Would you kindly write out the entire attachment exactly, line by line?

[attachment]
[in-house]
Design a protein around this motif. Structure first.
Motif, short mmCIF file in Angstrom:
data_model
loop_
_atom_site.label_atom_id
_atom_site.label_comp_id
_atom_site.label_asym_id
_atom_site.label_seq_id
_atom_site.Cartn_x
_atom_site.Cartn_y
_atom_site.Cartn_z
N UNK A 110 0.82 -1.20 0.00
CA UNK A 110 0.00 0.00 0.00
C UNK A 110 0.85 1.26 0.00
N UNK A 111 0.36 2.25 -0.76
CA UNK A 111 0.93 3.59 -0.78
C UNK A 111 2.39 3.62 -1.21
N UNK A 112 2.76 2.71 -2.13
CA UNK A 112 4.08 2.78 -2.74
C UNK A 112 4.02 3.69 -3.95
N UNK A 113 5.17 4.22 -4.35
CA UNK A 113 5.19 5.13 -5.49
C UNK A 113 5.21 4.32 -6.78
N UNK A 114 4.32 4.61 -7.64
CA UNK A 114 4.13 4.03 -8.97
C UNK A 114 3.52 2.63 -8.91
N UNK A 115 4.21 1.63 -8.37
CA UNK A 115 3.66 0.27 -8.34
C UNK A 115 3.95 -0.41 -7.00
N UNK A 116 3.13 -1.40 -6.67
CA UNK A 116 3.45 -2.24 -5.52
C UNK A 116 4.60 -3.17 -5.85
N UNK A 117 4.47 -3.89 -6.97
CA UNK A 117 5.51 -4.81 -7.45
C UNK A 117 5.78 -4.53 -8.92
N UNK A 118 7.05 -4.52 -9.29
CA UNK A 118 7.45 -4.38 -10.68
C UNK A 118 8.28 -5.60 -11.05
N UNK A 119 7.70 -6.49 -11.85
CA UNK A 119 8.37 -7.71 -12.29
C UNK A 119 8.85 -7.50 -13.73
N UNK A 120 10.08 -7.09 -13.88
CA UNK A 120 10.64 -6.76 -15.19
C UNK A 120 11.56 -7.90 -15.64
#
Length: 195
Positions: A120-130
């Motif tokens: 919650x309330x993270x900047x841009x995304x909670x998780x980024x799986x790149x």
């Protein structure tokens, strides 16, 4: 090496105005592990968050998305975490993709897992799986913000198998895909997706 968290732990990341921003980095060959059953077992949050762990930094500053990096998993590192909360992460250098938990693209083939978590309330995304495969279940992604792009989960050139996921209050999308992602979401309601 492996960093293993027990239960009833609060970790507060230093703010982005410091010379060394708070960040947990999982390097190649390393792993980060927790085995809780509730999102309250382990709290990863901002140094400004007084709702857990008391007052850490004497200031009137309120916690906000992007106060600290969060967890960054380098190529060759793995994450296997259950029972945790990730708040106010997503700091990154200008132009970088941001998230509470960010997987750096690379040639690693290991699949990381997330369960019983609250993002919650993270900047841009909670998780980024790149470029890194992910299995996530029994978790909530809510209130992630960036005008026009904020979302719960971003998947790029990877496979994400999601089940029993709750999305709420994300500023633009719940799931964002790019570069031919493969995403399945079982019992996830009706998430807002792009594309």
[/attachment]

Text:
[in-house]
Design a protein around this motif. Structure first.
Motif, short mmCIF file in Angstrom:
data_model
loop_
_atom_site.label_atom_id
_atom_site.label_comp_id
_atom_site.label_asym_id
_atom_site.label_seq_id
_atom_site.Cartn_x
_atom_site.Cartn_y
_atom_site.Cartn_z
N UNK A 110 0.82 -1.20 0.00
CA UNK A 110 0.00 0.00 0.00
C UNK A 110 0.85 1.26 0.00
N UNK A 111 0.36 2.25 -0.76
CA UNK A 111 0.93 3.59 -0.78
C UNK A 111 2.39 3.62 -1.21
N UNK A 112 2.76 2.71 -2.13
CA UNK A 112 4.08 2.78 -2.74
C UNK A 112 4.02 3.69 -3.95
N UNK A 113 5.17 4.22 -4.35
CA UNK A 113 5.19 5.13 -5.49
C UNK A 113 5.21 4.32 -6.78
N UNK A 114 4.32 4.61 -7.64
CA UNK A 114 4.13 4.03 -8.97
C UNK A 114 3.52 2.63 -8.91
N UNK A 115 4.21 1.63 -8.37
CA UNK A 115 3.66 0.27 -8.34
C UNK A 115 3.95 -0.41 -7.00
N UNK A 116 3.13 -1.40 -6.67
CA UNK A 116 3.45 -2.24 -5.52
C UNK A 116 4.60 -3.17 -5.85
N UNK A 117 4.47 -3.89 -6.97
CA UNK A 117 5.51 -4.81 -7.45
C UNK A 117 5.78 -4.53 -8.92
N UNK A 118 7.05 -4.52 -9.29
CA UNK A 118 7.45 -4.38 -10.68
C UNK A 118 8.28 -5.60 -11.05
N UNK A 119 7.70 -6.49 -11.85
CA UNK A 119 8.37 -7.71 -12.29
C UNK A 119 8.85 -7.50 -13.73
N UNK A 120 10.08 -7.09 -13.88
CA UNK A 120 10.64 -6.76 -15.19
C UNK A 120 11.56 -7.90 -15.64
#
Length: 195
Positions: A120-130
């Motif tokens: 919650x309330x993270x900047x841009x995304x909670x998780x980024x799986x790149x």
């Protein structure tokens, strides 16, 4: 090496105005592990968050998305975490993709897992799986913000198998895909997706 968290732990990341921003980095060959059953077992949050762990930094500053990096998993590192909360992460250098938990693209083939978590309330995304495969279940992604792009989960050139996921209050999308992602979401309601 492996960093293993027990239960009833609060970790507060230093703010982005410091010379060394708070960040947990999982390097190649390393792993980060927790085995809780509730999102309250382990709290990863901002140094400004007084709702857990008391007052850490004497200031009137309120916690906000992007106060600290969060967890960054380098190529060759793995994450296997259950029972945790990730708040106010997503700091990154200008132009970088941001998230509470960010997987750096690379040639690693290991699949990381997330369960019983609250993002919650993270900047841009909670998780980024790149470029890194992910299995996530029994978790909530809510209130992630960036005008026009904020979302719960971003998947790029990877496979994400999601089940029993709750999305709420994300500023633009719940799931964002790019570069031919493969995403399945079982019992996830009706998430807002792009594309």